Category: Society – The Bad: Working in Barcelona

Updated; June 18.

Working in Barcelona still has a ring of the good life about it for foreigners, and company’s promote the beachside lifestyle for all that it is worth. The ads don’t tell you the real story; that for most people working in Barcelona means a pay check so thin you can use it to slice open the can of soup you’ll have for dinner five days a week, you’ll encounter 19th century style management and a monotonous work situation with no real prospects.
So, how did it come to this?
It is about the money
It is rather sad that Barcelona is a place where you come to leave your (professional) dreams behind, not to fulfill them. I recall talking to an American friend as she was leaving Barcelona to go back to the States. She had left an executive job with a comfortable salary to live for substantially less in Barcelona, but being here to enjoy the lifestyle that the city offers more than compensated for the pay cut. Now, however, it had become too hard to hold on as expenses kept accelerating and income stalled or even slipped down. 

This was about five-six years ago, and the situation has hardly improved since then.
Unemployment is skyrocketing and It doesn’t help the country being under the rule of the most incompetent and corrupt government in the democratic history of Spain, whose only response to the crisis is to cut pensions,  unemployment compensation and wages and raise costs for education etc. while ensuring it is business as usual for the corrupt politicians and bankers. Finally, the corruption charges have piled up high enough to “bury” the government as they, in June 2018, had to vacate the offices to be replaced by a socialist (PSOE) led government.
It is not all about the money
For people in the Northern part of Europe the impression is that the Spanish work life is all about the siesta, conveniently overlooking that the amount of hours put in are not any fewer than in Scandinavia or Germany. I would argue that systemic inefficiency and lack of incentives are key issues. Old-fashioned hierarchies dominate here. The management level in Spain receives a markedly higher percentage of salary payments of the European Union average.
In many companies in Spain there exists a mouldy, old-fashioned hierarchy with a clearly marked demarcations between employees and management levels. Often these hierarchies are rigged such that the person at the level above always takes the credit.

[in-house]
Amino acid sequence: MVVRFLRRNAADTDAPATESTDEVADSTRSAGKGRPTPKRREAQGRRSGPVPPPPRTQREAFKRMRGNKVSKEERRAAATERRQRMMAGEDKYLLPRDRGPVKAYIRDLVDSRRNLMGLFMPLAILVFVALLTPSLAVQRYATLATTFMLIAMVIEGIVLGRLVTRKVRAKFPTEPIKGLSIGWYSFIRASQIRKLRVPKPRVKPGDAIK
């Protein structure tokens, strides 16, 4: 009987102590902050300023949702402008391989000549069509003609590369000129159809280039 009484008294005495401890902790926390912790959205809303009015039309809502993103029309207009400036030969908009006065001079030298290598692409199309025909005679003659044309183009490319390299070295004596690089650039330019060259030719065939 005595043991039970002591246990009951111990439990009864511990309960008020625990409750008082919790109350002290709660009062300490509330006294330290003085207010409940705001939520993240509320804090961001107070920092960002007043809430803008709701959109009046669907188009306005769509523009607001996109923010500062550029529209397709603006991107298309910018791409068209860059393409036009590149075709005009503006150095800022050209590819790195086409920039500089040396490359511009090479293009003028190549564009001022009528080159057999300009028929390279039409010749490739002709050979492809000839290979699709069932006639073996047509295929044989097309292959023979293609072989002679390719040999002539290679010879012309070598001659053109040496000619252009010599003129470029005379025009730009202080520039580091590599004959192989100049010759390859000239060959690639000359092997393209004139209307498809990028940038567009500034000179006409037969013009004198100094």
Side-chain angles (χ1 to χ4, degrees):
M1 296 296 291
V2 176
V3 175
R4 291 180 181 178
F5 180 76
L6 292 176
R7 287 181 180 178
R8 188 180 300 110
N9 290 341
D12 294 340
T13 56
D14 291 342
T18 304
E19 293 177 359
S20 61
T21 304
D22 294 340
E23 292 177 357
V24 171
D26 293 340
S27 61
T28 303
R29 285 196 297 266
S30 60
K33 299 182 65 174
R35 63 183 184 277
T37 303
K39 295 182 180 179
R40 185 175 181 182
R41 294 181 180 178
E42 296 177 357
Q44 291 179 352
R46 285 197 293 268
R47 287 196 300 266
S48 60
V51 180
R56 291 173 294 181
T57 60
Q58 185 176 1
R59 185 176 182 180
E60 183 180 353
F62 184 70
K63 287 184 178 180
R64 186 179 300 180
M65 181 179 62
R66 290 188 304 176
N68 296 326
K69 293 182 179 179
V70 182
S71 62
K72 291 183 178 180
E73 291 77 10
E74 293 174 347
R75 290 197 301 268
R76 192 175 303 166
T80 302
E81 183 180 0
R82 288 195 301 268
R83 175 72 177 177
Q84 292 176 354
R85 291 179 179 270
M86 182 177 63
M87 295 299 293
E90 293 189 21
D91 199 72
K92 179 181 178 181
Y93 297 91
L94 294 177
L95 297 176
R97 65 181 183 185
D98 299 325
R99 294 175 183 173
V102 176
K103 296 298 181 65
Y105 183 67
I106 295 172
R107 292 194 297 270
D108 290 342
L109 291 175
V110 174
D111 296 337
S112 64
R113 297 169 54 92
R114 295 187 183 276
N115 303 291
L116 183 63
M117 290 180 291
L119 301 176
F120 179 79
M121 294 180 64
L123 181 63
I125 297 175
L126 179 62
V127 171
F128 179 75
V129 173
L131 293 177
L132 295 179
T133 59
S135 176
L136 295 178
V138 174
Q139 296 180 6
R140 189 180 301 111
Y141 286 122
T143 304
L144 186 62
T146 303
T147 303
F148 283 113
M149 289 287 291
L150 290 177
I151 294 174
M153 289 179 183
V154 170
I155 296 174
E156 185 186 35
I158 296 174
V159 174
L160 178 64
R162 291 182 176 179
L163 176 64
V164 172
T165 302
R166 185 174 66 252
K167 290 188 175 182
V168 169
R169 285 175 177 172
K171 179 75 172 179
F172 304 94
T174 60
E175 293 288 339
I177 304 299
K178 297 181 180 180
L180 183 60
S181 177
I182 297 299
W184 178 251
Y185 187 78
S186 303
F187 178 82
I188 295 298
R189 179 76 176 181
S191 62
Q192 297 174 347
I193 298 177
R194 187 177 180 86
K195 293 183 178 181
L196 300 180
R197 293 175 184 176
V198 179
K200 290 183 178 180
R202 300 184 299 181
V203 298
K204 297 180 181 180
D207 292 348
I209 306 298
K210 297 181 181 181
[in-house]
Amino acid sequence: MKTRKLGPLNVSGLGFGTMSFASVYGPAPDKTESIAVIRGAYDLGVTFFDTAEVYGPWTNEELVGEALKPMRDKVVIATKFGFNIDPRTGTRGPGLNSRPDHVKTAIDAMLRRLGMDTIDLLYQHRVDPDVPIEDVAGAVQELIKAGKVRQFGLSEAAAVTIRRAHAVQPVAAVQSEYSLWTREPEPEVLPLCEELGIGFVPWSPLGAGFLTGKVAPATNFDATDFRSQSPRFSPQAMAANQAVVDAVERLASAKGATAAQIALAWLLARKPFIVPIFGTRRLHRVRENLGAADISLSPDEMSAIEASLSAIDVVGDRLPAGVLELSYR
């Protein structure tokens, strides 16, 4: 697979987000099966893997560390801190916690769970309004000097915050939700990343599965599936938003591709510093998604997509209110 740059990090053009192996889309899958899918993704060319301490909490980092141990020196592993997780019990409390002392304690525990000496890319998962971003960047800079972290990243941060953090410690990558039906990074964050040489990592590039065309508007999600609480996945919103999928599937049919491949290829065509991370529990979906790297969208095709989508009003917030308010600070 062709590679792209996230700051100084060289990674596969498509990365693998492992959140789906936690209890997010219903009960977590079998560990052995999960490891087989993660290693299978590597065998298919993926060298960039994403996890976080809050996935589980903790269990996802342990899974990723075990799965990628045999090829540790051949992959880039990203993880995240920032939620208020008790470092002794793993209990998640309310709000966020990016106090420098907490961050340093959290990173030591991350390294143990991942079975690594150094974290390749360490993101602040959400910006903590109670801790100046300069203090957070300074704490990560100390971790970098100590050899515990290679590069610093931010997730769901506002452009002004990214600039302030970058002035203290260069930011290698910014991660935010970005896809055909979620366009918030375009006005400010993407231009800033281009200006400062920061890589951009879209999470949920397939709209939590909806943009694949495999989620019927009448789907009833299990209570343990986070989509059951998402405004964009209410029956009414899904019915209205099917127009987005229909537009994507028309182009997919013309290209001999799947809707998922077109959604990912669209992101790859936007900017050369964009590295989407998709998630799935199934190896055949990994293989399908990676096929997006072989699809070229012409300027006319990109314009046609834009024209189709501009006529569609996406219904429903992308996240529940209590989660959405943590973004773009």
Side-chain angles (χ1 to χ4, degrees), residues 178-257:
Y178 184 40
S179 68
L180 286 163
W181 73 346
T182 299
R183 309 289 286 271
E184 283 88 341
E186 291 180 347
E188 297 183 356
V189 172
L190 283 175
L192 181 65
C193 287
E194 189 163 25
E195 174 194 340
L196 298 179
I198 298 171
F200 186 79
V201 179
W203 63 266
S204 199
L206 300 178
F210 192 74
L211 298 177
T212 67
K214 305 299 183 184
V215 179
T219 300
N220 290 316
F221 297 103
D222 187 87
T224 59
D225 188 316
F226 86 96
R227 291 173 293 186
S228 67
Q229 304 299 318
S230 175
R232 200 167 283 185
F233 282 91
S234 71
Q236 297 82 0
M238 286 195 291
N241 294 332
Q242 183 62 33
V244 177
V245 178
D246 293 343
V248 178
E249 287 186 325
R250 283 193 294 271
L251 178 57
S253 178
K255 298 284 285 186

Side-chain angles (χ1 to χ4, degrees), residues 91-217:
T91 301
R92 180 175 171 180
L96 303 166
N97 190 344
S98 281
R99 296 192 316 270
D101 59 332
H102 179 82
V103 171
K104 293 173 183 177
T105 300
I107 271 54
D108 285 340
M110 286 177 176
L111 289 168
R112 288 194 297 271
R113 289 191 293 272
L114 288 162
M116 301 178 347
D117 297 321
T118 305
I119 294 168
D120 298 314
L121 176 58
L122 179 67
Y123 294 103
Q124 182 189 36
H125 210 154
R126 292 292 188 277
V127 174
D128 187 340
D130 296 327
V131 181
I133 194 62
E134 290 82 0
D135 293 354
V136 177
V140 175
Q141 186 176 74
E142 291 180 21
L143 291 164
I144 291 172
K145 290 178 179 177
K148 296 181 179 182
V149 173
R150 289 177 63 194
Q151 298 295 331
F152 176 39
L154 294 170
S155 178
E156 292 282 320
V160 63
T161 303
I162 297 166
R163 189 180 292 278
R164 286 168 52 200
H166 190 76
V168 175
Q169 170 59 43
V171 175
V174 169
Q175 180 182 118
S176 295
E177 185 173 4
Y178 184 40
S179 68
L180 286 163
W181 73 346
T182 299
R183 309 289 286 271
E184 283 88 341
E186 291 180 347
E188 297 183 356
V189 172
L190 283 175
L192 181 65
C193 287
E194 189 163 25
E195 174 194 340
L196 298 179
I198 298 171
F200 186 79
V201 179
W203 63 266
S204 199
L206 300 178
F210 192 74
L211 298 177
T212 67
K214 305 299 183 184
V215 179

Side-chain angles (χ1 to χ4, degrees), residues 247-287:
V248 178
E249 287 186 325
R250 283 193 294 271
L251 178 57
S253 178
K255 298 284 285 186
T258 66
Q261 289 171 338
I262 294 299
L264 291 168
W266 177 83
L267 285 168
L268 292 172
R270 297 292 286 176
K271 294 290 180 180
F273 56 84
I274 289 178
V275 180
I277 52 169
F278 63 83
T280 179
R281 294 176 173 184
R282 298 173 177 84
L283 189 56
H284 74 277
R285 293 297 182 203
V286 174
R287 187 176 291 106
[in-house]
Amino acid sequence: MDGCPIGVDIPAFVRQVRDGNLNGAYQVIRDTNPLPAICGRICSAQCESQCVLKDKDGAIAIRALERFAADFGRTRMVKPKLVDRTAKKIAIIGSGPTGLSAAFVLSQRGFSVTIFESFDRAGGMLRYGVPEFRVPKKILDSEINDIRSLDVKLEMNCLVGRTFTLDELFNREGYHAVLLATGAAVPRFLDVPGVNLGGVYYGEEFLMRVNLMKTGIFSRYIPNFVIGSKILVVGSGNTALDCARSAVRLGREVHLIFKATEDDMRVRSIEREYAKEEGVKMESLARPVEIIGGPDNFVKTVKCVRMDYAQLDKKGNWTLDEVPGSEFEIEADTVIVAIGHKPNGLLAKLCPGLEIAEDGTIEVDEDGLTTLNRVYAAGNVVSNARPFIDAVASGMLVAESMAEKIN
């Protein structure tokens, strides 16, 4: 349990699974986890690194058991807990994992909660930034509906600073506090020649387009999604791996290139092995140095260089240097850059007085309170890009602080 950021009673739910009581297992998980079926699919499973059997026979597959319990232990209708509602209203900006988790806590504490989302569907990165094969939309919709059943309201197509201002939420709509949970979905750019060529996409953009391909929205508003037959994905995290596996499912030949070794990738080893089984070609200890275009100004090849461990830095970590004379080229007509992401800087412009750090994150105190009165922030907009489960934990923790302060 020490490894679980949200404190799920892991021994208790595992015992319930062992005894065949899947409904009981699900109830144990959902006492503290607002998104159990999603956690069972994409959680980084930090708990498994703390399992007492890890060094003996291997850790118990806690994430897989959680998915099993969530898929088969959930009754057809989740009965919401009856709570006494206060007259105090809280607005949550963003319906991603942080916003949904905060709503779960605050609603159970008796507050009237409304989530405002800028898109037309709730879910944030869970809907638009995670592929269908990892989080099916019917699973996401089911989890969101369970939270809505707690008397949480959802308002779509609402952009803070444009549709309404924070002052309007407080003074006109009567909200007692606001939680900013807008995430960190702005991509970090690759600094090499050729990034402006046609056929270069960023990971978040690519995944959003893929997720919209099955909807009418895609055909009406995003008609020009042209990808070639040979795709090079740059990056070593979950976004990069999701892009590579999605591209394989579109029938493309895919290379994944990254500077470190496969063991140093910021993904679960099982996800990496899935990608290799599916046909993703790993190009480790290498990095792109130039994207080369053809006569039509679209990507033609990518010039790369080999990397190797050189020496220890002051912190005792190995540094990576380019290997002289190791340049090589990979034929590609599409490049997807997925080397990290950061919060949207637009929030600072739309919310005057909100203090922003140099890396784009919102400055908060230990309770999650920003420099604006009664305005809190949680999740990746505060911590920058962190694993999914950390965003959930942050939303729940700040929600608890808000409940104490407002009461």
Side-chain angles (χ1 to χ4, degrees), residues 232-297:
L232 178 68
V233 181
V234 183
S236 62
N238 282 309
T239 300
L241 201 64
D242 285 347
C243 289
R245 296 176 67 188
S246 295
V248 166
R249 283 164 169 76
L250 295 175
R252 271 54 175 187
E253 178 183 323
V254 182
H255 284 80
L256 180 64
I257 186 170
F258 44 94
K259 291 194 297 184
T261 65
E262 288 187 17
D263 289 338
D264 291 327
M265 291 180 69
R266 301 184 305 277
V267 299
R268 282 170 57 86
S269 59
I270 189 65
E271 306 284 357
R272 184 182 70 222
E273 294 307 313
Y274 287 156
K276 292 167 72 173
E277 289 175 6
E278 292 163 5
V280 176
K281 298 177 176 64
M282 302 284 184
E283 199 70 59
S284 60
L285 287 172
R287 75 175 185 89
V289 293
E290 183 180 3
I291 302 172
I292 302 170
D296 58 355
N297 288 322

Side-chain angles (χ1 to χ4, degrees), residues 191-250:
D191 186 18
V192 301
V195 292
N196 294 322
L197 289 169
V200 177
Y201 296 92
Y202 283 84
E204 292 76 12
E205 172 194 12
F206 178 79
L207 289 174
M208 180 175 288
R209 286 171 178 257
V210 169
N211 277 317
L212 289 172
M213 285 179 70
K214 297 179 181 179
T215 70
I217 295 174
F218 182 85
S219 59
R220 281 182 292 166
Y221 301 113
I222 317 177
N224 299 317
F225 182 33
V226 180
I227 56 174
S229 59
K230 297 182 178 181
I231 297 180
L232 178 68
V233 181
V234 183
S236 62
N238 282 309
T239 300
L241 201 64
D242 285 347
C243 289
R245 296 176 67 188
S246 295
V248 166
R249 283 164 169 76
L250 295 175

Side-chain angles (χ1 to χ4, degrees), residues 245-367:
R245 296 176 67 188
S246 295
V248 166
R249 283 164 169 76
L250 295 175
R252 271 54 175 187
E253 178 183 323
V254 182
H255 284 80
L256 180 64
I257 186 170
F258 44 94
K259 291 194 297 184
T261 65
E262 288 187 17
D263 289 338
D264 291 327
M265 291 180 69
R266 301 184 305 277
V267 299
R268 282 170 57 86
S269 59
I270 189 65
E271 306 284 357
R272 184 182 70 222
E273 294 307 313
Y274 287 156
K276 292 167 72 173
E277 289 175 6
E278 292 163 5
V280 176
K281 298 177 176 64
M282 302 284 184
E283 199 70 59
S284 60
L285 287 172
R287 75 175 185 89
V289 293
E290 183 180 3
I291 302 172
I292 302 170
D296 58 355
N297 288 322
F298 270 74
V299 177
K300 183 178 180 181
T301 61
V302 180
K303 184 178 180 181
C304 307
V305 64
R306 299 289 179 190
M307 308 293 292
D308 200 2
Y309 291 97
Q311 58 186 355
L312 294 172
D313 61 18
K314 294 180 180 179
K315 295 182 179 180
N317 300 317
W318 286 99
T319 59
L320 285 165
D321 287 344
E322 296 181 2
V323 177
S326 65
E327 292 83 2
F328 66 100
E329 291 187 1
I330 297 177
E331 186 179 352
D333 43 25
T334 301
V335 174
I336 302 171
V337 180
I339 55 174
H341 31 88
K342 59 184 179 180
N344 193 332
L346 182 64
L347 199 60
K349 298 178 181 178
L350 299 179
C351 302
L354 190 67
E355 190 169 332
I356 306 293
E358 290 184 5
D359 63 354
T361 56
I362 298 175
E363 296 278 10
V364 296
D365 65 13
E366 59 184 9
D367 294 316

Many managers (high and low level) seem to confuse fear with respect whereas the two could not be further apart! I actually know of one company where the support department is run after the fashion that when the service is up to scratch, middle management lets someone go to show their superiors how efficient they run the shop. Way to keep the staff inspired!
Fear is a lock on creativity and efficiency whereas respect is a door opener for loyalty, dedication and consistency. 
The less distance between levels, the faster ideas travel and they arrive at a higher momentum, and easy just to implement with a “nudge.” Levelling out the corporate structure and getting rid of middle management, that in many cases only function is to act as bottlenecks for creativity and productiveness, would be an excellent start.
The “shrugged shoulder policy”
What the failure of management leads to is a “shrugged shoulder policy”: why do a decent job if there are no incentives to? This is why calling any kind of support, dealing with plumbers, the postal service etc. is always such a hassle. So, your Wifi doesn’t work, your toilet is overflowing, the you ordered never arrived. What are you met with? The shrugged shoulder. Furthermore, if taking a decision is more risky than not to, much better to shift the responsibility to the co-worker, your superior or to the customer.
I have no doubt about the ingenuity and the willingness to excel among the Barcelonins, but a government that has been destroying social structures for years, and outdated attitudes towards leadership and organization will spur on an exodus of young talent with higher ambitions for their work-life, and quell the influx of young talent from abroad. At which point, the managers of these outdated institutions can close shop and head for the beach.

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